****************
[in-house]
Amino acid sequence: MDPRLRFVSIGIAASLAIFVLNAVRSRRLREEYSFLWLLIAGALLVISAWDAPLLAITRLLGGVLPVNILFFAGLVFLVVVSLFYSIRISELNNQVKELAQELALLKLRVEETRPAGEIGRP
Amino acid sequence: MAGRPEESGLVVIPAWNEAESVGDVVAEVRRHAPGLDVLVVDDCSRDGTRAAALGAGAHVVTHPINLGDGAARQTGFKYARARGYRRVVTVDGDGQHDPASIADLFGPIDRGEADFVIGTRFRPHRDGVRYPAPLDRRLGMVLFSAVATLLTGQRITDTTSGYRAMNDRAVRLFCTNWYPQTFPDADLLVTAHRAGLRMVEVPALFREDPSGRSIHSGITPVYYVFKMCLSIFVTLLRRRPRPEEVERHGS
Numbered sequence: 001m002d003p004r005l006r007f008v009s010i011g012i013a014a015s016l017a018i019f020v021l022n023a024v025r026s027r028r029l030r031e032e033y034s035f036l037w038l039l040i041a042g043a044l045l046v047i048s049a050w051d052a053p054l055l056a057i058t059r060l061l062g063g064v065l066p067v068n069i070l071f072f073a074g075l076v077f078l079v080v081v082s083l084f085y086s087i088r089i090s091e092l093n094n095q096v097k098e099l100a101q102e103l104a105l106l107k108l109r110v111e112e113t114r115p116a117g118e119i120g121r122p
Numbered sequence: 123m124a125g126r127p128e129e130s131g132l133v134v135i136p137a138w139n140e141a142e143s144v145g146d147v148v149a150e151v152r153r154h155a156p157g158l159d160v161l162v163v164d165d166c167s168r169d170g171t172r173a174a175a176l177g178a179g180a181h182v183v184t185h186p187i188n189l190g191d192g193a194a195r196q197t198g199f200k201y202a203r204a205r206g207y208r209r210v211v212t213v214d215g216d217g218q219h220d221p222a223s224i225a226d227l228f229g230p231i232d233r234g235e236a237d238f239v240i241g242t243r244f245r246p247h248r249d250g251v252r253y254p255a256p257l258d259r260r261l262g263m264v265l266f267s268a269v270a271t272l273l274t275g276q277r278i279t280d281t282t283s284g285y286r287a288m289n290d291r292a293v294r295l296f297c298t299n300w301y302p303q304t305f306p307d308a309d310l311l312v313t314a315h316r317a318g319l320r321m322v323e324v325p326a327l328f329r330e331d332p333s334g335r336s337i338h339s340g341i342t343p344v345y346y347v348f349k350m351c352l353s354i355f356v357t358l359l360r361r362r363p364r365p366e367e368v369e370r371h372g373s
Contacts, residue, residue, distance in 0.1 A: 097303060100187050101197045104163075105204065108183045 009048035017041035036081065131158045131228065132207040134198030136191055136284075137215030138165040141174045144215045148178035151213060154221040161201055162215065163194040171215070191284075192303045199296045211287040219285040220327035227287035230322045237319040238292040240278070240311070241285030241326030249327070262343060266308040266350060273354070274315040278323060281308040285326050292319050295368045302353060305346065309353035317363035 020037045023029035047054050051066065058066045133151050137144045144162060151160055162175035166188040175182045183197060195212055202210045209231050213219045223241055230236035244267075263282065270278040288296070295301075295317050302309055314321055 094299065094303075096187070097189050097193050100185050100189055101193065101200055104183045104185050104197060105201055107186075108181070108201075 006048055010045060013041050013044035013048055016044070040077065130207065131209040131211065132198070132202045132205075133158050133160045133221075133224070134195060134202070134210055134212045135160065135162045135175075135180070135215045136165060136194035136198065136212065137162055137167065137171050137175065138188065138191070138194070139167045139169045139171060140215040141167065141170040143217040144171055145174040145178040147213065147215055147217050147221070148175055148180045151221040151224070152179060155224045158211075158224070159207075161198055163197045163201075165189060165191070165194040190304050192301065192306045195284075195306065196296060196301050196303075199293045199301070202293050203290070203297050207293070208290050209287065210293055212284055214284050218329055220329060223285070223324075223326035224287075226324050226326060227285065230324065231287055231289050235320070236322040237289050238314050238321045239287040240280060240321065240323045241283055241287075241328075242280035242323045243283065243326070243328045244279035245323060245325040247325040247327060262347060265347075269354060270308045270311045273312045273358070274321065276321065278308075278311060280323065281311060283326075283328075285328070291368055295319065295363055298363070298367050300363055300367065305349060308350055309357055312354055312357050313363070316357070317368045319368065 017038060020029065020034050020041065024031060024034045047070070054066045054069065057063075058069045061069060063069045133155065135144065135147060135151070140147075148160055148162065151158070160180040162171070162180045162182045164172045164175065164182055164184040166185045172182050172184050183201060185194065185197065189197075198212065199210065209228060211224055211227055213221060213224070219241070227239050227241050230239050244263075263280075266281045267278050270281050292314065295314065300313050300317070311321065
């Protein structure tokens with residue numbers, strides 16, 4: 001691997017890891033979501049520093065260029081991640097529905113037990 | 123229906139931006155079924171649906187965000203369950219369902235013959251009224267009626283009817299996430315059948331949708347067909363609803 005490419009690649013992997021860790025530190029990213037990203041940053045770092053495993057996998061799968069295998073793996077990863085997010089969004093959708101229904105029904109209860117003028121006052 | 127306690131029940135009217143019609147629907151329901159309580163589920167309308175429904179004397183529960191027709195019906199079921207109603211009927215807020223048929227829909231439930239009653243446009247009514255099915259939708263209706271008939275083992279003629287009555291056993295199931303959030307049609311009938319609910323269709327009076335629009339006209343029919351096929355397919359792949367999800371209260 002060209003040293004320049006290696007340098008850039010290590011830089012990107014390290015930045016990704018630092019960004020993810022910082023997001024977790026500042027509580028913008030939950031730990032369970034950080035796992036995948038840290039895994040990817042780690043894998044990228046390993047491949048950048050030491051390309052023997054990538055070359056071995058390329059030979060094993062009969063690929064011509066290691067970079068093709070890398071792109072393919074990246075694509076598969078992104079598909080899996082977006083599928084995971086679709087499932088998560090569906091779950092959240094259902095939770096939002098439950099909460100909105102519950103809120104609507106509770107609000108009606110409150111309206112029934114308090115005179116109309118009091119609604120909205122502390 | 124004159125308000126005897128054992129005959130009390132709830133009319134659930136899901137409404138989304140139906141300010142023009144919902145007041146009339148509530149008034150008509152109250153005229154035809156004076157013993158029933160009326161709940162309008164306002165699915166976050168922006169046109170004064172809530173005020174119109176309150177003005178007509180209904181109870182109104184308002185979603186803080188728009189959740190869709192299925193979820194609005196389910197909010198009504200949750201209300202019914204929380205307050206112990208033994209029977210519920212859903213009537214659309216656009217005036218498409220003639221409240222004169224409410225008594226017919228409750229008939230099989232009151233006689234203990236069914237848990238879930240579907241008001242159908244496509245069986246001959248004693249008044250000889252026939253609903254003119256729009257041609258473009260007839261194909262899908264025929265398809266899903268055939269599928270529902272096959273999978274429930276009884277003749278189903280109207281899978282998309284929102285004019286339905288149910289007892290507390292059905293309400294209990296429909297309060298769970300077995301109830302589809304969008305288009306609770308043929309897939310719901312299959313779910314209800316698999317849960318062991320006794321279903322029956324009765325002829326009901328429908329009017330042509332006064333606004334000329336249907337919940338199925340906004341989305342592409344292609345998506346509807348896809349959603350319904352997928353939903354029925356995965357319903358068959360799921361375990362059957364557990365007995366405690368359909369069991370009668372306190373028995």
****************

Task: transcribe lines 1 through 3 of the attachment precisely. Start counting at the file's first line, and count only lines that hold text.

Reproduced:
[in-house]
Amino acid sequence: MDPRLRFVSIGIAASLAIFVLNAVRSRRLREEYSFLWLLIAGALLVISAWDAPLLAITRLLGGVLPVNILFFAGLVFLVVVSLFYSIRISELNNQVKELAQELALLKLRVEETRPAGEIGRP
Amino acid sequence: MAGRPEESGLVVIPAWNEAESVGDVVAEVRRHAPGLDVLVVDDCSRDGTRAAALGAGAHVVTHPINLGDGAARQTGFKYARARGYRRVVTVDGDGQHDPASIADLFGPIDRGEADFVIGTRFRPHRDGVRYPAPLDRRLGMVLFSAVATLLTGQRITDTTSGYRAMNDRAVRLFCTNWYPQTFPDADLLVTAHRAGLRMVEVPALFREDPSGRSIHSGITPVYYVFKMCLSIFVTLLRRRPRPEEVERHGS